Kahn, a former gynecologist, ran with the man-as-machine analogy like nobody else. That analogy has some problems, of course, but it makes a good foundation for beginners learning about human anatomy (you know, for kids).
Learn more about Kahn here and more about Lederer’s piece here.
Looking at examples like the one above, a cut-away diagram of The Fantastic Four’s futuristic corporate headquarters, I defy anyone to argue that our current fascination with information graphics doesn’t originate, at least in part, from the kinds of schematic graphics like this that old comics routinely dealt in.
I’d go along with that. And like a good infographic popping in your RSS stream today, this stuff interrupted you, in a good way. You stopped and lingered. I need to go down to my basement archives for some evidence, but I think Mad Magazine deserves some credit/blame for the infographics glut, too. I’m thinking particularly of the two-page spreads showing a huge scene, with labels and such everywhere.
Here’s one more, which belong on the Explainist refrigerator:
(* for you non-comic-dorks, this was the title structure of nearly every mainstream article on comics between 1985 and 1995.)/i>
Major Goodwill score: on a recent trip, Jon Ryan found a clever 1985 pop-up book explaining how a personal computer works. I’m hereby challenging the pop-up tycoons out there to publish an updated laptop version.
Illustrator Scott Campbell’s cutaways aren’t exactly real explanations, but they appeal to the same part of the brain. This is also the brain section responsible for drawing elaborate space bases, I believe.
*These are the types of diagrams used in patents and other technical illustrations. Isometric, in this case, means a representation of a three-dimensional object in which lines that are parallel in the three-dimensional world are represented as parallel lines in a two-dimensional drawing. In other words, the style ignores the law of perspective that says parallel lines will appear to converge at the horizon line (as seen in Q-Bert and the Sims). Exploded means the individual pieces of an object are separated, so you can see how they all fit together (as seen in product assembly manuals).
Of all my worldly possessions, my car is the thing most in need of explaining. Like just about everybody, I don’t own anything else nearly as complicated, and don’t put nearly as much trust in any other machine. Every day, I count on all these intricate pieces banding together and keeping me alive as I zip along at ridiculous speeds. This is something that deserves to be fully understood.
United sort of ran out of steam when they applied exploded view to their Employee Scholars program — it’s just an un-technical drawing of a guy’s head with various objects in it that expand and grow labels/explanation when you roll over them. Kind of a let-down after all that awesome. Also, I wish they’d included some sort of permalink system inside the animation, because then I could be pointing you to the coolest parts of it.
And now, a musical interlude. This video from Norwegian band Röyksopp doesn’t exactly explain anything, but it uses the tools of good explanation to thrilling effect. And it illustrates nicely how much data, complexity and remarkable thinking flows through daily life.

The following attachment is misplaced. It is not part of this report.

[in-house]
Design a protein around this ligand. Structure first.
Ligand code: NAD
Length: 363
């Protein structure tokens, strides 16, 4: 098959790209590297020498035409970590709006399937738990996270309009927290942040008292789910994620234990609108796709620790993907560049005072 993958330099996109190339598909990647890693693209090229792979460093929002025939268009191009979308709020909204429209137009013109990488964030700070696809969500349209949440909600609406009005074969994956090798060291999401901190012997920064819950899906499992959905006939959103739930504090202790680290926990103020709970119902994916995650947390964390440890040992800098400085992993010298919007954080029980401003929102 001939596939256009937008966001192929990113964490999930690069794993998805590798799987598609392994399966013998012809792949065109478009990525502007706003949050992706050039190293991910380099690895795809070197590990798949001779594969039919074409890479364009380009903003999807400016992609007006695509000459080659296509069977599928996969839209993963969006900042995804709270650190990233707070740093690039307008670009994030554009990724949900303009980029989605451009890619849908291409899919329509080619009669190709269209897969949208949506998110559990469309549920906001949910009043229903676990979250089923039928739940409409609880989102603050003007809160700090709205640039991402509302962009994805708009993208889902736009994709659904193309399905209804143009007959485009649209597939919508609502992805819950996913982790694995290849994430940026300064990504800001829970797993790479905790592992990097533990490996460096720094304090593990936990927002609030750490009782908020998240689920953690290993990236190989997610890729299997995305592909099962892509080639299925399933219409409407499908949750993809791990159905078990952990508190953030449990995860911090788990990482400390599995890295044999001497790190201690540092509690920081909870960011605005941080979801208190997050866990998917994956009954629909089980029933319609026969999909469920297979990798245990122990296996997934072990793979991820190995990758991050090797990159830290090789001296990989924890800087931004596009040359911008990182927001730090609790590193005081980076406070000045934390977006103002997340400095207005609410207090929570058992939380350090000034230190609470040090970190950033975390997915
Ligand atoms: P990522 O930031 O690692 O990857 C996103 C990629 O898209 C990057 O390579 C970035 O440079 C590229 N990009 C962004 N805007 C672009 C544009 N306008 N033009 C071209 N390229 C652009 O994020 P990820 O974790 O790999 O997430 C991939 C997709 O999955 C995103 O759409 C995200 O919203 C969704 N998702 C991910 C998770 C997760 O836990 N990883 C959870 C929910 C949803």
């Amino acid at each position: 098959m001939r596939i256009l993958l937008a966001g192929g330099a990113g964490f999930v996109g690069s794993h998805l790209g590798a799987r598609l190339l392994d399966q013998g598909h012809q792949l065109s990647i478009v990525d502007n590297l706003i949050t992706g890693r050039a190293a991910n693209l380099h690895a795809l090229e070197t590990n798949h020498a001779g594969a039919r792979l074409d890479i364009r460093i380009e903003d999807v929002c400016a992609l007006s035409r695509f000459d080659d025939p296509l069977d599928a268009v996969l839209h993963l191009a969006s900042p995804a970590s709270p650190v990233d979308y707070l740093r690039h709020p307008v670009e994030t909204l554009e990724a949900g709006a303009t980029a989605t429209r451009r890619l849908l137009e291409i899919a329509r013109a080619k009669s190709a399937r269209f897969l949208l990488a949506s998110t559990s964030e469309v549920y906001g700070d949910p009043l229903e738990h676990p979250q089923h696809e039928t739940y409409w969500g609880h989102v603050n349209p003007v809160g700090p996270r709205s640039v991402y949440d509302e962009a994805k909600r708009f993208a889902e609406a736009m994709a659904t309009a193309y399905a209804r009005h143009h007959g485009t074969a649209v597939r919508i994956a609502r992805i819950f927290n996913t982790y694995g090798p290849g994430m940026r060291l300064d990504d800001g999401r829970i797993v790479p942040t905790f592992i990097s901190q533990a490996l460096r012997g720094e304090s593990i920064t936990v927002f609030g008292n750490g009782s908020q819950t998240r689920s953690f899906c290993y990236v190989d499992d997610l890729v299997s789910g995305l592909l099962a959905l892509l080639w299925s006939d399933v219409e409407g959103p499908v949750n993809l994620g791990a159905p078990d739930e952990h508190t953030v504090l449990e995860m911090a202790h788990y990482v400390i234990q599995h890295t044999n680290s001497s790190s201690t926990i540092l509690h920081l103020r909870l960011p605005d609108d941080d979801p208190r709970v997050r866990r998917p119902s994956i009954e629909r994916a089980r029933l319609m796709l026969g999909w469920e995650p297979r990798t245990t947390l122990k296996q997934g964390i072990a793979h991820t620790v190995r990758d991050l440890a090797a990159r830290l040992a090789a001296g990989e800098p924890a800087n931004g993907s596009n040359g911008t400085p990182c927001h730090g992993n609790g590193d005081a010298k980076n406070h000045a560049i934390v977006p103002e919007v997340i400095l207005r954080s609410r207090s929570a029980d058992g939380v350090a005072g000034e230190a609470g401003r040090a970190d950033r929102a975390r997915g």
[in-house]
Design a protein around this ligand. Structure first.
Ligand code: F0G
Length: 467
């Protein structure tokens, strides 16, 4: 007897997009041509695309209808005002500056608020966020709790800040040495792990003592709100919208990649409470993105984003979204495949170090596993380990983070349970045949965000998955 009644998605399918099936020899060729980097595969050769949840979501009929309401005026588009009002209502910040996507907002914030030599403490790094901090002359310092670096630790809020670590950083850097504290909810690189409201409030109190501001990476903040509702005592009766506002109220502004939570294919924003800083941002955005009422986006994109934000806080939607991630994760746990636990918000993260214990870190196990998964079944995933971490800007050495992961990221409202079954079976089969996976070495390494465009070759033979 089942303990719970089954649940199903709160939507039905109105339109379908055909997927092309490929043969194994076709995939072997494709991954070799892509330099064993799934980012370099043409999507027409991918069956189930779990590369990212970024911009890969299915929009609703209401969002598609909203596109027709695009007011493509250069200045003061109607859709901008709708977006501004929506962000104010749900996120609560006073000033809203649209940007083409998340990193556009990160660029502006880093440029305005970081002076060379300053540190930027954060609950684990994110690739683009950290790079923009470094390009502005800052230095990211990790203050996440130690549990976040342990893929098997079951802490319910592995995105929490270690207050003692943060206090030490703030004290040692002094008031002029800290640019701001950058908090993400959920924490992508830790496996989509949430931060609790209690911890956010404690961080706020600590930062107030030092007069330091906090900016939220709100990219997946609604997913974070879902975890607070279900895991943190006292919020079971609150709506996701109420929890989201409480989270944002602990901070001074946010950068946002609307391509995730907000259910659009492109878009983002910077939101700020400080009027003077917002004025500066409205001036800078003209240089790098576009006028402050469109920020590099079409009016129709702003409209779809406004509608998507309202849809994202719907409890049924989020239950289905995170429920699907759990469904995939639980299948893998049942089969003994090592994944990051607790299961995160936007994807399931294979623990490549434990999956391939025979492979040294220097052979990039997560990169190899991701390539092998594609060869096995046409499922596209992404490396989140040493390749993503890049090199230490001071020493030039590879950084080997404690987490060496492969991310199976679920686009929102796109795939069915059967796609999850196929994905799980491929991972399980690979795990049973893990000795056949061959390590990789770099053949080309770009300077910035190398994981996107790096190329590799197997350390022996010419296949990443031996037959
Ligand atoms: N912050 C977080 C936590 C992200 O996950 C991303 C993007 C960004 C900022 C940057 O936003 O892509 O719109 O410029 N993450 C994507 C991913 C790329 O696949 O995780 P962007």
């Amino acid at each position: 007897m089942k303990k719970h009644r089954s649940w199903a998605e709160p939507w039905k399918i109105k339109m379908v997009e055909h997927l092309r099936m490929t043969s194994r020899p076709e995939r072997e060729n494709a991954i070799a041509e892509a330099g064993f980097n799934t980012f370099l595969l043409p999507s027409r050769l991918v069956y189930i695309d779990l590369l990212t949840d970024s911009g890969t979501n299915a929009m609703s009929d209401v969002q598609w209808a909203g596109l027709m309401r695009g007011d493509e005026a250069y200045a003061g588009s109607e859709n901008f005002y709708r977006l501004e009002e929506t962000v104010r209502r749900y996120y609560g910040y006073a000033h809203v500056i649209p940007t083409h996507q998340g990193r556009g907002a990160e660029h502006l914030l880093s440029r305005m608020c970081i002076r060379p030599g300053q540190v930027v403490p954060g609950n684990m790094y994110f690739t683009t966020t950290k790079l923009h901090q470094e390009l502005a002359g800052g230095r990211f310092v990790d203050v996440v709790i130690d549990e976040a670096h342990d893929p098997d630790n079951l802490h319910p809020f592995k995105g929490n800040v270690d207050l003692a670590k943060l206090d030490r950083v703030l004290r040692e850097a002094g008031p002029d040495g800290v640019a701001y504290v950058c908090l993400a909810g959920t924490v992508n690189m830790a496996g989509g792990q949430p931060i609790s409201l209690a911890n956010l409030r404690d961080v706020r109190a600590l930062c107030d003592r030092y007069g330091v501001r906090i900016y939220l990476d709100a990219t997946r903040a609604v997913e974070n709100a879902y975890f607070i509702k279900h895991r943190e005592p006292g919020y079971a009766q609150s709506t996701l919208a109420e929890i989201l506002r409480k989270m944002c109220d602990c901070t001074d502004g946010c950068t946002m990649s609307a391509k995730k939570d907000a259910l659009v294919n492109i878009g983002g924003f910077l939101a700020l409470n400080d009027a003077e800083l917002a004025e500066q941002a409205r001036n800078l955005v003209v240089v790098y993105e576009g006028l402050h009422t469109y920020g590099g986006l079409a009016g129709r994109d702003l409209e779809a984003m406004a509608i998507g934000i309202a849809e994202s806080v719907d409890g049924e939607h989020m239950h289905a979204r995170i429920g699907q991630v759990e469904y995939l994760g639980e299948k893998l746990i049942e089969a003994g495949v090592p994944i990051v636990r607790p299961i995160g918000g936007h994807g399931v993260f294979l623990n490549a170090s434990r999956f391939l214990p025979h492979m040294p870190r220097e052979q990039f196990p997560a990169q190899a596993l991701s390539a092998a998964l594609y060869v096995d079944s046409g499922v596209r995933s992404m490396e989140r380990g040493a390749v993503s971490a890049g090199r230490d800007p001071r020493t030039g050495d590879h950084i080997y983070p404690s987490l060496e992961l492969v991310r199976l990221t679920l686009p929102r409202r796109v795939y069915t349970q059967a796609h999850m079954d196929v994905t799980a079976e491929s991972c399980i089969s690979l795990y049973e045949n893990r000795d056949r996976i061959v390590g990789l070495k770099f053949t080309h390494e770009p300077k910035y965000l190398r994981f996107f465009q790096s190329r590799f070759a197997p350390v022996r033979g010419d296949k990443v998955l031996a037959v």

The artistry is clearly awesome, but the delicious topping for me is that they bothered to make so much of this stuff accurate (or at least accuratish). For example, the escalator cutaway is highly detailed and right on the money, and it’s only onscreen for four seconds. There’s a good bit of playful exaggeration too — the parts of the ear are drawn correctly, but sound waves trigger a bouncier cartoon chain reaction than you would actually see.I’ve had a hand in building animated cutaway diagrams before — the type of thing that makes up only a few frames in this video — and fitting the details together is no small chore. Kudos to those responsible, the French production company H5, according to Wikipedia and others. (My kudos are way late, apparently. The video already won best video at the MTV Europe Music Awards, way back in 2002).
I found a bit of interesting chatter in the YouTube comments on the video. Several posters took it for granted that this was a depressing view of mundane modern life. I really don’t see it that way. Normally, I do get discouraged by musical montages of workers filing into offices or even families chaotically taking off in the morning (a staple of supposedly cheery breakfast treat ads). The notion that life is hectically repetitive for no discernible reason makes me queasy. But this video was actually uplifting to me.
For one thing, I love to be reminded that there is so much to learn about even incredibly ordinary stuff. After all, there aren’t really many boring things, just boring people. It’s good to turn on the awestruck wonder whenever you can. Also, I’m comforted by the idea that even though there’s a lot of complexity under the surface of everything, I could actually figure out what was going on if I took the time to sort through the detailed, readily available information. It’s the same comfort I get walking through the library or bookstore. I may not want to learn all about building construction at a particular moment, but it’s good to know I could pick up several books on the subject (and understand them) if I were so inclined. Nice to have signs that the roads are open.
PS: I intended this post to be pure praise, since 100% of our posts to date have had a bit of finger wagging in them, but I can’t ignore the bad splainin’ on both Röyksopp and H5’s Web sites.
Röyksopp greeted me only with this and an album promotion pop-up:
Which details did you need? Shoe size? Favorite Pop Tart flavor?
H5 gave me little more:
Very strange to have such dead-end home pages in this day and age.